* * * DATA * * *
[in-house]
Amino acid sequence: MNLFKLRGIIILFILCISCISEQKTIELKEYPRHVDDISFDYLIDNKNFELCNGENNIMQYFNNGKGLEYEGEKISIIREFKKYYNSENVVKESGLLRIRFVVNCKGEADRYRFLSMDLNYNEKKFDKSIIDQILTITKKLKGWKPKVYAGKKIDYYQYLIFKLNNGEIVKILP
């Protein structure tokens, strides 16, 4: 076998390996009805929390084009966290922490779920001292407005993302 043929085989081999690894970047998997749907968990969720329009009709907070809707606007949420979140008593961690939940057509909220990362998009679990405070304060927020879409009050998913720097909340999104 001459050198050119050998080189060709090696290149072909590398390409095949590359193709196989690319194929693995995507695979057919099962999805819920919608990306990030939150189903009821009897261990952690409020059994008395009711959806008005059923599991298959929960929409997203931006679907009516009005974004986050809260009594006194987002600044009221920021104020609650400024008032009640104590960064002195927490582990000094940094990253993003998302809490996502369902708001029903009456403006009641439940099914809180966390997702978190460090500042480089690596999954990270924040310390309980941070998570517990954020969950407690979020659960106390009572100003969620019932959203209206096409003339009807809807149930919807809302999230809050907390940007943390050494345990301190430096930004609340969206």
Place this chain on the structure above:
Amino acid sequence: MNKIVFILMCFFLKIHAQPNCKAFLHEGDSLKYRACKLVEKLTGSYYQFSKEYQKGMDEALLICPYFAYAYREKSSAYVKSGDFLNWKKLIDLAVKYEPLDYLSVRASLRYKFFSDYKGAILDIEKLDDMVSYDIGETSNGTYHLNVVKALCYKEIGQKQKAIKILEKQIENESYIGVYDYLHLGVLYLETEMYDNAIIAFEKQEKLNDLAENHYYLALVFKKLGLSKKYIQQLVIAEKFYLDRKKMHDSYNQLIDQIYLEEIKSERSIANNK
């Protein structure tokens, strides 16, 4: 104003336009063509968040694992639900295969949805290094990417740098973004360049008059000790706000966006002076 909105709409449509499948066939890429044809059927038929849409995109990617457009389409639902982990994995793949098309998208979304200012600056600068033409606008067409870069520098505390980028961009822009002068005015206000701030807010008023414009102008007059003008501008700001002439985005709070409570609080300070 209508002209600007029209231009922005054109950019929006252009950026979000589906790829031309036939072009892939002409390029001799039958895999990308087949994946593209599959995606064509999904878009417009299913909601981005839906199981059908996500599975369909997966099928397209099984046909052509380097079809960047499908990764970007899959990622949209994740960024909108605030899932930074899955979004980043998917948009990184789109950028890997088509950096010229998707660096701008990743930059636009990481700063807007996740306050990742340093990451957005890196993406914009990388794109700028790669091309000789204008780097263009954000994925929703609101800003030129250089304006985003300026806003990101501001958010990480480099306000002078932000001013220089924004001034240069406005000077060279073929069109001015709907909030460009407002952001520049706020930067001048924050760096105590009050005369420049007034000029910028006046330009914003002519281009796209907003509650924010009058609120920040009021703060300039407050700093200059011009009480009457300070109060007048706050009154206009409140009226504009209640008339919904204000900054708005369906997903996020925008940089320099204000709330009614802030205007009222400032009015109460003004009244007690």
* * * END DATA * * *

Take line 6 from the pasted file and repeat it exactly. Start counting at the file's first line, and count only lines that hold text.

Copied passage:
């Protein structure tokens, strides 16, 4: 104003336009063509968040694992639900295969949805290094990417740098973004360049008059000790706000966006002076 909105709409449509499948066939890429044809059927038929849409995109990617457009389409639902982990994995793949098309998208979304200012600056600068033409606008067409870069520098505390980028961009822009002068005015206000701030807010008023414009102008007059003008501008700001002439985005709070409570609080300070 209508002209600007029209231009922005054109950019929006252009950026979000589906790829031309036939072009892939002409390029001799039958895999990308087949994946593209599959995606064509999904878009417009299913909601981005839906199981059908996500599975369909997966099928397209099984046909052509380097079809960047499908990764970007899959990622949209994740960024909108605030899932930074899955979004980043998917948009990184789109950028890997088509950096010229998707660096701008990743930059636009990481700063807007996740306050990742340093990451957005890196993406914009990388794109700028790669091309000789204008780097263009954000994925929703609101800003030129250089304006985003300026806003990101501001958010990480480099306000002078932000001013220089924004001034240069406005000077060279073929069109001015709907909030460009407002952001520049706020930067001048924050760096105590009050005369420049007034000029910028006046330009914003002519281009796209907003509650924010009058609120920040009021703060300039407050700093200059011009009480009457300070109060007048706050009154206009409140009226504009209640008339919904204000900054708005369906997903996020925008940089320099204000709330009614802030205007009222400032009015109460003004009244007690």